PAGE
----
Posts Tagged ‘1961’

On Rippon Tor

January 8, 2016

Back in 1961 a trip down to Devon was a totally new experience for me. Up until then I had not ventured outside the south east of England. All my fellow bloggers who write about ‘the only way is travel’ may be horrified and alarmed by this. How could anyone be a fully rounded human without travel and new experiences? That seems to be the line on many a blog. Now I’m not averse to travel and it can broaden minds and experiences. But so, too, can staying put and learning about places in detail. Being as open minded as possible is what matters to me.

image002 This is me and my sister. We are on Rippon Tor on Dartmoor. There is a photograph fault at bottom left.

Let’s deal with us first. Many folks will remember a photo of Prince Charles and his first wife looking in opposite directions and looking glum. This instant snap was used as an indicator of a failing relationship. Well, my sister and I clearly have turned our backs on one another and, at that time, I don’t think we did get on all that well together. She regarded me as a silly little boy. I regarded her as just silly. But clearly we are both occupied with geology. And we got on well when we both grew up!

This was my first experience of igneous rocks. My life in the south east had limited me to sedimentary rocks only. Here we had granite, full of sparkly crystals. It had to be explored.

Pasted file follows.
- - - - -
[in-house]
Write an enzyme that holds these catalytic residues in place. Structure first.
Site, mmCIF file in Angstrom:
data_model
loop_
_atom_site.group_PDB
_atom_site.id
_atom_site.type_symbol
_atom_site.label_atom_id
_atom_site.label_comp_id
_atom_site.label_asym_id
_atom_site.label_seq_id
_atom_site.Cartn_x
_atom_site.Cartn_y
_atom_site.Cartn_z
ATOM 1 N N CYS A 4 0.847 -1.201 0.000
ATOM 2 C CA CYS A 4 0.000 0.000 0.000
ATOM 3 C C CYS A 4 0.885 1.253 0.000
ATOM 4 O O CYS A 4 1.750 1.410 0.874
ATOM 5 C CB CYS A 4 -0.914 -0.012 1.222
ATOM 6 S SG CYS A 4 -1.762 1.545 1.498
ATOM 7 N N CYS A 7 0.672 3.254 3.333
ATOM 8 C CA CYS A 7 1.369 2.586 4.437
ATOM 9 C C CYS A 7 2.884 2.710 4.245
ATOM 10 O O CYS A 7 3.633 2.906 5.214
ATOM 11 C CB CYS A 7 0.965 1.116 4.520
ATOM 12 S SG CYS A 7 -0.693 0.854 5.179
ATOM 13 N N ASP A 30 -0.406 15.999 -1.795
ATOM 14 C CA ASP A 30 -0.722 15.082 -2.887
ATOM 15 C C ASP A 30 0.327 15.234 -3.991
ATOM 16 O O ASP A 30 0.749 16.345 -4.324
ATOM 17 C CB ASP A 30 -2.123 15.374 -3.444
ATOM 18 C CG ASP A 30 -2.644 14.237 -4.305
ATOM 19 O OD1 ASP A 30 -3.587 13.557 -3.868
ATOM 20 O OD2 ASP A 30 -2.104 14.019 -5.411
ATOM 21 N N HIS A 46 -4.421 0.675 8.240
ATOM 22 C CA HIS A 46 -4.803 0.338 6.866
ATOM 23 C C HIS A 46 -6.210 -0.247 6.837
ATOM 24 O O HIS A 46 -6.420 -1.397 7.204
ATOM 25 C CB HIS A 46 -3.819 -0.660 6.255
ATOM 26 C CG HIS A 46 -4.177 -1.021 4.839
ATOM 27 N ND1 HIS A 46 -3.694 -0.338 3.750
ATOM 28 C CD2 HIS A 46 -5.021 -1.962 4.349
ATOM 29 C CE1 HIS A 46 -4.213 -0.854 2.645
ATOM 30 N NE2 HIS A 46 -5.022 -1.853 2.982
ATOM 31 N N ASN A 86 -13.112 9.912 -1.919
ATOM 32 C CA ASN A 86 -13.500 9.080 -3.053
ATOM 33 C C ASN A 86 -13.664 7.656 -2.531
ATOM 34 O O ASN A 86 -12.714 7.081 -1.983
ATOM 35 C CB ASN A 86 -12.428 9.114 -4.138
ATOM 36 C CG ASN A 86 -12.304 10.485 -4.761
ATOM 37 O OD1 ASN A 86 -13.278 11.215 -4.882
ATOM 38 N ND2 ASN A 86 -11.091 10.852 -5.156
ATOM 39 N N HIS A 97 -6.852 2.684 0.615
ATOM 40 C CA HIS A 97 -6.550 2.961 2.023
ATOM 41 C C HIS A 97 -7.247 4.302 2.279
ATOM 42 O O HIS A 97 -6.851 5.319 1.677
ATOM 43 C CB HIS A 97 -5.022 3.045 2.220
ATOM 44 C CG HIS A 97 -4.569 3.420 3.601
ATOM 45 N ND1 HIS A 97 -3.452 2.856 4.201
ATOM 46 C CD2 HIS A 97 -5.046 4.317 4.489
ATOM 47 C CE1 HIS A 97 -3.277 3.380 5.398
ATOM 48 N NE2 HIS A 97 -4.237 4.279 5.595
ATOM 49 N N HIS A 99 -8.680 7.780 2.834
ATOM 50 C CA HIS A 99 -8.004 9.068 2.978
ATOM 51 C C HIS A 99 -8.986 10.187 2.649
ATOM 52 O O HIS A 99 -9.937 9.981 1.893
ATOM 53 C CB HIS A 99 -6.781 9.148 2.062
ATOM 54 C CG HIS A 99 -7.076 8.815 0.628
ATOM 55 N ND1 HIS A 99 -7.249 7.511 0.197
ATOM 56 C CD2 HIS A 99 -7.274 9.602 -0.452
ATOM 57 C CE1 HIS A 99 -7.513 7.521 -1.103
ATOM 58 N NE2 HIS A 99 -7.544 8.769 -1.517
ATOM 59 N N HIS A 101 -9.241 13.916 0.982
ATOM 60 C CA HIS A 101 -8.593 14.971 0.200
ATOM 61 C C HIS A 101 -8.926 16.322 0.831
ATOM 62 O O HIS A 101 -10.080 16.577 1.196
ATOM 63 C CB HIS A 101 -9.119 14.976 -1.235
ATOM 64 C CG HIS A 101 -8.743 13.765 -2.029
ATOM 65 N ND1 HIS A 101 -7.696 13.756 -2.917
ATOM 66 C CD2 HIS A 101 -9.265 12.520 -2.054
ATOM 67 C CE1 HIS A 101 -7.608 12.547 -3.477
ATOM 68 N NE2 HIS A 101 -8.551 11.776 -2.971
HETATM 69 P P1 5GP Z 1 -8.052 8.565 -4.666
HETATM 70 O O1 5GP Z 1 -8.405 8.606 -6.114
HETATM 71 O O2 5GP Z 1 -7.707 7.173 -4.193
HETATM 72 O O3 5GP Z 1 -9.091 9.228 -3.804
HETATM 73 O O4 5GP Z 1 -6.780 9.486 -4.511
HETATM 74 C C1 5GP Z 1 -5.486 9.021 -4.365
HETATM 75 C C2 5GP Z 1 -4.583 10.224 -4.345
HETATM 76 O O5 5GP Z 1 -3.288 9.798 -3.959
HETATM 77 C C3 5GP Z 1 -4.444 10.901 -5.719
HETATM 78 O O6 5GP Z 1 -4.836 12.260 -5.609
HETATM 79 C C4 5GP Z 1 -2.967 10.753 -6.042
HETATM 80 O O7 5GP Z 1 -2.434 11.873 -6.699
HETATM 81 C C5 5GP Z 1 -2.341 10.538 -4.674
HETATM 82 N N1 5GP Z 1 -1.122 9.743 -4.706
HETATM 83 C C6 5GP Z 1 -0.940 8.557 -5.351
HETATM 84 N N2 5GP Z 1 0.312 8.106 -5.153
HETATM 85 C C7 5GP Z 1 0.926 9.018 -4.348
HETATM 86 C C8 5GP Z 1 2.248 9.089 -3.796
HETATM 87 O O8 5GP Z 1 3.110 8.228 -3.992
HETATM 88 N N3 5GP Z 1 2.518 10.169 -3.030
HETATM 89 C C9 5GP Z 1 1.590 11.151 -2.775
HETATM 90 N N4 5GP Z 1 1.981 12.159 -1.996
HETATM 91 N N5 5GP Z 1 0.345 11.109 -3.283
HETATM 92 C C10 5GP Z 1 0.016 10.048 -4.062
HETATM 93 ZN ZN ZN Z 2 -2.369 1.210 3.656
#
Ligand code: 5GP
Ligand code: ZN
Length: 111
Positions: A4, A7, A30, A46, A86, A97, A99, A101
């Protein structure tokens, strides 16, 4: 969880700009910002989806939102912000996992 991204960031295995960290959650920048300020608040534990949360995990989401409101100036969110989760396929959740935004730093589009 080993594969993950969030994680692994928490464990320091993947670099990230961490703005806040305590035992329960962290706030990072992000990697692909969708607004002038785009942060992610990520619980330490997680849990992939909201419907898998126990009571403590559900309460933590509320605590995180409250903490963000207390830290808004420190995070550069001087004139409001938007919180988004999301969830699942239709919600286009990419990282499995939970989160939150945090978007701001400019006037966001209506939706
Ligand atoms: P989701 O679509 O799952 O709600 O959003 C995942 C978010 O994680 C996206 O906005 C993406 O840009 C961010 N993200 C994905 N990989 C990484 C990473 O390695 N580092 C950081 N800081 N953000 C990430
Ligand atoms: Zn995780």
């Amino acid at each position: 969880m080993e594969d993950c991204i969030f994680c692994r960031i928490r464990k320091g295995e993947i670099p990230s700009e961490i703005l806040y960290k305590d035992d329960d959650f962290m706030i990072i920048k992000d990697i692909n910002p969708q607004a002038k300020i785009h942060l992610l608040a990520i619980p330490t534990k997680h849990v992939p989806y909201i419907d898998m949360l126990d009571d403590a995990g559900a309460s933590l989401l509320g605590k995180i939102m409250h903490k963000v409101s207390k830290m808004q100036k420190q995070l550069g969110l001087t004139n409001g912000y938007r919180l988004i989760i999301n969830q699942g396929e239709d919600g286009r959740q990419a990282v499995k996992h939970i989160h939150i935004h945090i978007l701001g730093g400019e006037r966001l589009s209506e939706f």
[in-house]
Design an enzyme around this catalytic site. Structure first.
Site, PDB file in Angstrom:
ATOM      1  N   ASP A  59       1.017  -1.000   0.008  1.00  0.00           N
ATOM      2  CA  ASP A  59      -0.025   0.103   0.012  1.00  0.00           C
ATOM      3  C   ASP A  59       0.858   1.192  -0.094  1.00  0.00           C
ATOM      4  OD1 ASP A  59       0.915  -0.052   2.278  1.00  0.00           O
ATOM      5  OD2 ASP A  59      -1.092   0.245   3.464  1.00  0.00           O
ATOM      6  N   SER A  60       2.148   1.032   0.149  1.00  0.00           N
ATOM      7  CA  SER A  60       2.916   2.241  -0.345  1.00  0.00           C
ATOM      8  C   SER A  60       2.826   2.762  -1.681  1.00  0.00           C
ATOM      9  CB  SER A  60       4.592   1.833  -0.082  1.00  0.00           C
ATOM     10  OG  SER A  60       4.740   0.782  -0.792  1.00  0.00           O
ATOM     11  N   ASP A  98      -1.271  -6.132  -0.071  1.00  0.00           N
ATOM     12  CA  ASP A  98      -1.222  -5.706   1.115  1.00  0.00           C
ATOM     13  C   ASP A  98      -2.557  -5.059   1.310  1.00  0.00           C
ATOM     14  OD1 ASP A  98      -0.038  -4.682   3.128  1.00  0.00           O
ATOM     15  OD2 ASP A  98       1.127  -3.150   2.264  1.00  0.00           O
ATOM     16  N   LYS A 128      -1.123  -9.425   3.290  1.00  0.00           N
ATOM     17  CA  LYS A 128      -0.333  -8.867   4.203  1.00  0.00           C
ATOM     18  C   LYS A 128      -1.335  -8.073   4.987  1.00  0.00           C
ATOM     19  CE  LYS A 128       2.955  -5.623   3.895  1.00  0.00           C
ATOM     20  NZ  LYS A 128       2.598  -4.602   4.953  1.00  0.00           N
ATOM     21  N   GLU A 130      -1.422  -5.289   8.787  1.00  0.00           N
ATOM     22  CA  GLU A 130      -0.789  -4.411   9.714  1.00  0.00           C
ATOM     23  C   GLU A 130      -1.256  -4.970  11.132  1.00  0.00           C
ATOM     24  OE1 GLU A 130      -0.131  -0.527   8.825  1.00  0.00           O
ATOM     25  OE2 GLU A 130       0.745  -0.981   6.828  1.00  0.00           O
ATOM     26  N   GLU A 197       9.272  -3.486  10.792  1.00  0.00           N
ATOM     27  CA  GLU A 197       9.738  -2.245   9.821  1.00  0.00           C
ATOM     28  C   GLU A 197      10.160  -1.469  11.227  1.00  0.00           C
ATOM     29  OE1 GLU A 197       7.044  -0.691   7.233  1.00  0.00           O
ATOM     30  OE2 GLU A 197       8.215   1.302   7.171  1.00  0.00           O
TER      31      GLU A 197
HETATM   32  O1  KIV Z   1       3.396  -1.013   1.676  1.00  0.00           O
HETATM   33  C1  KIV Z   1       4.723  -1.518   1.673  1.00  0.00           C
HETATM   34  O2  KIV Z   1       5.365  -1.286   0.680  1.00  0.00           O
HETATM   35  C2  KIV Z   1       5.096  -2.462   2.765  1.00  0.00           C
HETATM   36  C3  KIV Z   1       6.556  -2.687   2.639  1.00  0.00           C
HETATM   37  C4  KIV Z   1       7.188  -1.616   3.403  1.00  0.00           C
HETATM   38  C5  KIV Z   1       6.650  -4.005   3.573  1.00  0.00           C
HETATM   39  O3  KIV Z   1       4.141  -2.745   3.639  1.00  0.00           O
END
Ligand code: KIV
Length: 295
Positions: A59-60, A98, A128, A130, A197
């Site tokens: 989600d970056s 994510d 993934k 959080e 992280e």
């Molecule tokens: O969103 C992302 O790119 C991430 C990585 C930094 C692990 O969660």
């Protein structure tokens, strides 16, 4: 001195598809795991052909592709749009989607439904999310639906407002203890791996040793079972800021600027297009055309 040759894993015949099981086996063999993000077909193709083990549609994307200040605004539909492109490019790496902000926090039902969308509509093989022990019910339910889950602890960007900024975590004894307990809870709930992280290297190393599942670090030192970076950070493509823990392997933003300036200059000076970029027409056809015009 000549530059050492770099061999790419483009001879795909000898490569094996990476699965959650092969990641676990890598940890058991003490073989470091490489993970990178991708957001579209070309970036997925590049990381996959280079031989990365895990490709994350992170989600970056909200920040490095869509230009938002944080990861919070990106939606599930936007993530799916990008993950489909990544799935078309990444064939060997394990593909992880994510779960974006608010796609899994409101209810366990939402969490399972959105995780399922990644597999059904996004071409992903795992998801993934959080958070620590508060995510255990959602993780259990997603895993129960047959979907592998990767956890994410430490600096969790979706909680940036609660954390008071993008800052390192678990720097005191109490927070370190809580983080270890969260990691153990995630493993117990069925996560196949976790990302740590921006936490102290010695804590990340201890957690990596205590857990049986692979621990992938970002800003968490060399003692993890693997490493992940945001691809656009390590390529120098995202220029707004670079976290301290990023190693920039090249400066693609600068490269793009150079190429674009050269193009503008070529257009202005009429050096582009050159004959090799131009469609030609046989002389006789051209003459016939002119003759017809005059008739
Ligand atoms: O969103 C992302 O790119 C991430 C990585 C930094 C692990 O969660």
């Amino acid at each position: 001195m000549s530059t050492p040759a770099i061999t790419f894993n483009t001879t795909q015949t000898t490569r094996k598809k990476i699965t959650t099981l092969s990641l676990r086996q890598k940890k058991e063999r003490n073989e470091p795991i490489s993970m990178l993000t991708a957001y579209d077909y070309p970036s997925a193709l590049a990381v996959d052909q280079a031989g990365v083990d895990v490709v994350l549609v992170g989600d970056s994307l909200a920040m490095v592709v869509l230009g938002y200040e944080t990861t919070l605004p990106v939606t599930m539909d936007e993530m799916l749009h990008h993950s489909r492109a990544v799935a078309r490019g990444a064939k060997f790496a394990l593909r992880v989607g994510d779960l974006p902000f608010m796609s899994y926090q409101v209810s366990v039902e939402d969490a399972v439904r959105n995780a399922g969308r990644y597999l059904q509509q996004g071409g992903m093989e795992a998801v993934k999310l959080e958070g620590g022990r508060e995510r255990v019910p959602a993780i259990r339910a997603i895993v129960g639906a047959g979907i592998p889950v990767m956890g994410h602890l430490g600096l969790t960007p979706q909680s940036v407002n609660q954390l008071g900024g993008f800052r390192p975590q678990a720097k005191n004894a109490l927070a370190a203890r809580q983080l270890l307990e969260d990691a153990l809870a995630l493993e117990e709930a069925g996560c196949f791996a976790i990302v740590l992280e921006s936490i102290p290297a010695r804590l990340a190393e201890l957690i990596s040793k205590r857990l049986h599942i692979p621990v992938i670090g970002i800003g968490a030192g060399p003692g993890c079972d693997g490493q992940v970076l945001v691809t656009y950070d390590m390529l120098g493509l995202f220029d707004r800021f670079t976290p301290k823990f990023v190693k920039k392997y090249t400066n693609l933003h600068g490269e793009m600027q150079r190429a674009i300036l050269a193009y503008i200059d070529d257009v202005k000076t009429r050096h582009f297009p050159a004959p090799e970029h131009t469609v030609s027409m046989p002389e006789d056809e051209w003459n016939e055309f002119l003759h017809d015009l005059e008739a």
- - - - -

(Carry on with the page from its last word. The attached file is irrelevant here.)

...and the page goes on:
My dad had travelled – World War 2 had seen to that although he never actually left the UK. But I believe this was the first time he had got close and personal with granite. I know he was captivated too.

Almost inevitably I fell in love with Dartmoor and still visit quite often, albeit often only to drive across when heading to or from Cornwall

My own children had a much younger experience of the moor than I had.

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That was in 1982.

And Dartmoor again in 2010.

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Boxing Day

December 26, 2015

Traditionally this is the day for giving and receiving Christmas boxes – that is presents. For many, these days, it marks a day when people can say, ‘Phew! That’s it for another year’. And in some ways it is a bit like that for us this year. Our children and grandchildren have been with us in the run up to Christmas and on Christmas day. Today they head off to see what I’ll call the in-laws. Next year it’ll be done the opposite way around. But this year, and, indeed, into January, we’ll keep decorations up until 12th night.